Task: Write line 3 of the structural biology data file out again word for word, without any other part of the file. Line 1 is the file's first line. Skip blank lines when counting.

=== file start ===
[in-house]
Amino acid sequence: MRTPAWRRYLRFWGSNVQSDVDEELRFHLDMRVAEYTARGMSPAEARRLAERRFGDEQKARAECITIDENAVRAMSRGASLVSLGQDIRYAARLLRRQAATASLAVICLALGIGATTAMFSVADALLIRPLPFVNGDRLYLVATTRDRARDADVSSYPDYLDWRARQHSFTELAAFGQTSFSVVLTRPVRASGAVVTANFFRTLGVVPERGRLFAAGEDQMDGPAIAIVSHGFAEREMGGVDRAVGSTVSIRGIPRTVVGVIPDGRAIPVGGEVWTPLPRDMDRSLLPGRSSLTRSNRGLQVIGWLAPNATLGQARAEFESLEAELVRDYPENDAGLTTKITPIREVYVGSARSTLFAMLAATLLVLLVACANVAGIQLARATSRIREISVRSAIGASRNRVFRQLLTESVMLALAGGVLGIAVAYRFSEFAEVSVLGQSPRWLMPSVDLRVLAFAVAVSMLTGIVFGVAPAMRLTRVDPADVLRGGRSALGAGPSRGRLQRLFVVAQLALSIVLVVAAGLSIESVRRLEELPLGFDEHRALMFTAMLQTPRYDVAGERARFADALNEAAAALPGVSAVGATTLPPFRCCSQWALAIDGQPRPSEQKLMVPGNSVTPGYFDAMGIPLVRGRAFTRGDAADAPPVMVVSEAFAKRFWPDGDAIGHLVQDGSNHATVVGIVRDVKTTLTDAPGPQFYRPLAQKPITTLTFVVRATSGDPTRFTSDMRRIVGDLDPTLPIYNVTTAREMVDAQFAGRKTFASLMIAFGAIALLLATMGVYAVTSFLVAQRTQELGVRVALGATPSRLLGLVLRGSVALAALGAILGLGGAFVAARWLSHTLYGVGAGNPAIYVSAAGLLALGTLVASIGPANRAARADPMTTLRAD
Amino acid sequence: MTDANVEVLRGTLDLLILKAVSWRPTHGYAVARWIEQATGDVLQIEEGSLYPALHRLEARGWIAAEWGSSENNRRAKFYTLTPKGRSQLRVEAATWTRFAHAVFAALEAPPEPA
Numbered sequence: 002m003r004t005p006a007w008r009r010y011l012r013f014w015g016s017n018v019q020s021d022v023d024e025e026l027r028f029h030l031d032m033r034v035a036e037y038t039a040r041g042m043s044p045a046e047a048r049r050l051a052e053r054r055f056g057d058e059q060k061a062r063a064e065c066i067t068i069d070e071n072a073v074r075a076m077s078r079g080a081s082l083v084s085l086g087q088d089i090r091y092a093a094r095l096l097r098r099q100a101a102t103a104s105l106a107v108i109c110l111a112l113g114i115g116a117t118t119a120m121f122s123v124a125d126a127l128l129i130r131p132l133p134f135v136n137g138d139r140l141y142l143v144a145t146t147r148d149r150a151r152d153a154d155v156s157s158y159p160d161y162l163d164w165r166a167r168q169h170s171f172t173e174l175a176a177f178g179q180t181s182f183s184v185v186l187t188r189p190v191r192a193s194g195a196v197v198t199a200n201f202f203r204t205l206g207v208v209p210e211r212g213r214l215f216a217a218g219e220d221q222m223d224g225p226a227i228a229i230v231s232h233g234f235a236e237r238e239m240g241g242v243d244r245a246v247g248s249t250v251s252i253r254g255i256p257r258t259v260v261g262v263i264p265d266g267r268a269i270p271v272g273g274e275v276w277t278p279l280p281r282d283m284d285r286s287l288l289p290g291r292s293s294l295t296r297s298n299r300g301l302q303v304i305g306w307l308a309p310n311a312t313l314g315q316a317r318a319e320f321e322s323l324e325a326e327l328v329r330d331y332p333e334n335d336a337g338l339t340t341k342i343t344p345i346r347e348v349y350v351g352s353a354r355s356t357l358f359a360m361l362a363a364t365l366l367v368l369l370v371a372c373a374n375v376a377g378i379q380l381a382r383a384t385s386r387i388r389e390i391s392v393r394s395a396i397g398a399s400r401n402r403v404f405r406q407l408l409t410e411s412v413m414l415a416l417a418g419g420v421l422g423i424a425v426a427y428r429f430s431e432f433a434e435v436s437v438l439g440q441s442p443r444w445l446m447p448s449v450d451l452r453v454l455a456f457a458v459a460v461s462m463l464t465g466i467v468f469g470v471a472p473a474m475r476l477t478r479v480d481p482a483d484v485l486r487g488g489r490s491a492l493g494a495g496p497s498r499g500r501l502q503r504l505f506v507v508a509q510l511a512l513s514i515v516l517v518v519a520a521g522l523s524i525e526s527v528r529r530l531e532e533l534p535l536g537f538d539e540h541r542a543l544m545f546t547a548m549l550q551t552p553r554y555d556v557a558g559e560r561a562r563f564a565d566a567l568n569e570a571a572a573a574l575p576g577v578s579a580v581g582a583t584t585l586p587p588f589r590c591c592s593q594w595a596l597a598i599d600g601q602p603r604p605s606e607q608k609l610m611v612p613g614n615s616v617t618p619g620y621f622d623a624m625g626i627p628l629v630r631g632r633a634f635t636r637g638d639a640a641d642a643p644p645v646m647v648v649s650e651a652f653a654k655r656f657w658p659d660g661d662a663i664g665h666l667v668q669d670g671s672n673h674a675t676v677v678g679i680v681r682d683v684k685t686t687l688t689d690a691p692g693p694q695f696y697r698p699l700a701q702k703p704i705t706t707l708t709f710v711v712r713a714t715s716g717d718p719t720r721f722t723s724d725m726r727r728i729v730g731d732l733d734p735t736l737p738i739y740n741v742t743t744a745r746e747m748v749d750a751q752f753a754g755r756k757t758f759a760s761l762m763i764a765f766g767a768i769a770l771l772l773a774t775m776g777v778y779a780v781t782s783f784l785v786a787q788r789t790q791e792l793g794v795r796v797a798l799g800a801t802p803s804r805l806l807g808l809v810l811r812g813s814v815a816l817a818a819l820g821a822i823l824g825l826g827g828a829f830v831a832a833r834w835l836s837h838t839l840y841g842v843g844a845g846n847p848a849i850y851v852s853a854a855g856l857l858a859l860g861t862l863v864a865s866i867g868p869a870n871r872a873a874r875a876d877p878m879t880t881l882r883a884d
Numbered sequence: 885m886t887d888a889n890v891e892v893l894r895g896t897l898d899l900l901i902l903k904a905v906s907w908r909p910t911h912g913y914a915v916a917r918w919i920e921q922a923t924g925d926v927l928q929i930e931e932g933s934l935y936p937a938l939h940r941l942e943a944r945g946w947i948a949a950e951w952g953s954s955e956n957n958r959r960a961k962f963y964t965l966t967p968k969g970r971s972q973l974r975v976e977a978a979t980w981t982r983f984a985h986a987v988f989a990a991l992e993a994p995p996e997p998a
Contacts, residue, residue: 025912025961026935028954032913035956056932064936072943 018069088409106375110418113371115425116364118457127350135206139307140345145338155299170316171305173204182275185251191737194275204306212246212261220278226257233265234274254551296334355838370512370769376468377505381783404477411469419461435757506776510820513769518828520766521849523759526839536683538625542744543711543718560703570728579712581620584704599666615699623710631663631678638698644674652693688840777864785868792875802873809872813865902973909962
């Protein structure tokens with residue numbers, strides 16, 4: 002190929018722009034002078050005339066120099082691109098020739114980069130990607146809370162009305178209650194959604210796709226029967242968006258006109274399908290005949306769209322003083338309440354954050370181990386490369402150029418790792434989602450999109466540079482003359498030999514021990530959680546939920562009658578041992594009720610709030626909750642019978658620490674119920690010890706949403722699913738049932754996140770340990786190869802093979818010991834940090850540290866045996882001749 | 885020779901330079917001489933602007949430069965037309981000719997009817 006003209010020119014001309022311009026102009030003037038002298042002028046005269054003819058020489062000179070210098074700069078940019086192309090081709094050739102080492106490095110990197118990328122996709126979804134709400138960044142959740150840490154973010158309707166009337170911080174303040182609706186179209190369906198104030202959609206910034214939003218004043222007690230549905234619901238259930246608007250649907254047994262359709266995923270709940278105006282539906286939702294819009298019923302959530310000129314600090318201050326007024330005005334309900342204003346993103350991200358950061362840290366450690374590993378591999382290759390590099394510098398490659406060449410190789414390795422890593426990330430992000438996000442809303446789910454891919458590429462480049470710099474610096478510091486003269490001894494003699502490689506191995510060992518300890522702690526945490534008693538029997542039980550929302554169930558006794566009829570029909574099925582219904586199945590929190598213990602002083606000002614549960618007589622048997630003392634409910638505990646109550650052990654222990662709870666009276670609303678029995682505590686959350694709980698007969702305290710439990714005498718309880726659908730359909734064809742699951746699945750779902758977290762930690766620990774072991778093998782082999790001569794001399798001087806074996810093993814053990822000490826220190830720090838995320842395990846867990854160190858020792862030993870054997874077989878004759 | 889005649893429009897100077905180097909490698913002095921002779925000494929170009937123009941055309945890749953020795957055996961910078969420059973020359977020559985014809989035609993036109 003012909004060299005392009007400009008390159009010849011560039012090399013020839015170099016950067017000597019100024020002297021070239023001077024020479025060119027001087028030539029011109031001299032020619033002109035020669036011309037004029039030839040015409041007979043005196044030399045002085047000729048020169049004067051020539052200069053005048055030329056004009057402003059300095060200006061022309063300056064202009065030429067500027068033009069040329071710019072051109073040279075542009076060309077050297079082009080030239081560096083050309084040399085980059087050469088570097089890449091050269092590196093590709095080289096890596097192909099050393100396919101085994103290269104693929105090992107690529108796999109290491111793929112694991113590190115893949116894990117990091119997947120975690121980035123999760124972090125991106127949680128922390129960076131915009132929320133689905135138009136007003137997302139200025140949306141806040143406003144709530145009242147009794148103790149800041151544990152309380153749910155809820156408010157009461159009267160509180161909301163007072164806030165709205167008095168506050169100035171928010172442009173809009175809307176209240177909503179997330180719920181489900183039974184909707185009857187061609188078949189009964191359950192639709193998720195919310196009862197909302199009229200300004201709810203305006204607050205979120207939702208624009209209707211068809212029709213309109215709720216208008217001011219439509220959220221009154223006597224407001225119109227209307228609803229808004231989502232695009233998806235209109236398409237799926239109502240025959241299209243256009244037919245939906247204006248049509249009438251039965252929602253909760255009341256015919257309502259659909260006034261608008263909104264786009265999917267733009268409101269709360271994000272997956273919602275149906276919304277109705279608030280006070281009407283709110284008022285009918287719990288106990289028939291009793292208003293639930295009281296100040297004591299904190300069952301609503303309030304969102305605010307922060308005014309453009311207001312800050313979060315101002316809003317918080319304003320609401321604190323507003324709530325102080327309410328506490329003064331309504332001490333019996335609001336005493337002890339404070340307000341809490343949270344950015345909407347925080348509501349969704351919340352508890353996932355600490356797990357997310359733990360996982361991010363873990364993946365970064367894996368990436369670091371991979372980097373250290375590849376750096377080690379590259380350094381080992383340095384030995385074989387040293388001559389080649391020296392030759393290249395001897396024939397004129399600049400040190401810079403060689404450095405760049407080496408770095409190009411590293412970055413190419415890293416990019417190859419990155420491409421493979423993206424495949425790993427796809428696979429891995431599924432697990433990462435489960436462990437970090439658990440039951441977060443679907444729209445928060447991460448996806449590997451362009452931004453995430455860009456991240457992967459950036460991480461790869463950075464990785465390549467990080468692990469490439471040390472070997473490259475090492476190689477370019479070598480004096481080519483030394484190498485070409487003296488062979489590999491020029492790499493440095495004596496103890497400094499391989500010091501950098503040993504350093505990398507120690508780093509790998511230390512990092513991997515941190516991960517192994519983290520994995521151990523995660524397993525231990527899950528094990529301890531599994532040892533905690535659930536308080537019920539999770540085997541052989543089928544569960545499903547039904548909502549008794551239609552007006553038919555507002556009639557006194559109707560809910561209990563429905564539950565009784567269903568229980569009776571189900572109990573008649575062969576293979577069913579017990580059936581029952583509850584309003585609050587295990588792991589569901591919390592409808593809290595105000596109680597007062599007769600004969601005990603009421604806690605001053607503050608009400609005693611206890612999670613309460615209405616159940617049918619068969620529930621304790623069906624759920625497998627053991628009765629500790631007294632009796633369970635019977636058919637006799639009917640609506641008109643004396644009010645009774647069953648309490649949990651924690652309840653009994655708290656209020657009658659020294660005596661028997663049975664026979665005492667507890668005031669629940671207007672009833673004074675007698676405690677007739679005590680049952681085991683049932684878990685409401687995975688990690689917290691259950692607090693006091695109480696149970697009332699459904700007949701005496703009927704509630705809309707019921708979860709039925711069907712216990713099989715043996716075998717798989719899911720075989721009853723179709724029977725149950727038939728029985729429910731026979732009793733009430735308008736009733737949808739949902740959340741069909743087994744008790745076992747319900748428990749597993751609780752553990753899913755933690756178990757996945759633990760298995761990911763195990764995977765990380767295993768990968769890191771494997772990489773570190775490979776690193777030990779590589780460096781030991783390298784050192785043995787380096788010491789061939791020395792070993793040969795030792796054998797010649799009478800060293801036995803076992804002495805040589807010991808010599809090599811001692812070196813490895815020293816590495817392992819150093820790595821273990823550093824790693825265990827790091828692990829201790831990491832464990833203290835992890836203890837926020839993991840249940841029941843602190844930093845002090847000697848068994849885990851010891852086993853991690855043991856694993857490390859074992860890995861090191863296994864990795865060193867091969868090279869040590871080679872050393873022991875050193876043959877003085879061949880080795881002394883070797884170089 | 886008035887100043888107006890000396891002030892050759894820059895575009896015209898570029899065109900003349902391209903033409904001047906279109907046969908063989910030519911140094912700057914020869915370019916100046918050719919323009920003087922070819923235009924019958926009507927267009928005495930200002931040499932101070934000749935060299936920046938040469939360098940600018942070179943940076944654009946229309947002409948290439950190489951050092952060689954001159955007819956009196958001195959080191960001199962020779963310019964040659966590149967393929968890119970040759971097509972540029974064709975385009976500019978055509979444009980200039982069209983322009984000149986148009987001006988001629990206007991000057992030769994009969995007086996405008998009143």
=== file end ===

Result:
Amino acid sequence: MTDANVEVLRGTLDLLILKAVSWRPTHGYAVARWIEQATGDVLQIEEGSLYPALHRLEARGWIAAEWGSSENNRRAKFYTLTPKGRSQLRVEAATWTRFAHAVFAALEAPPEPA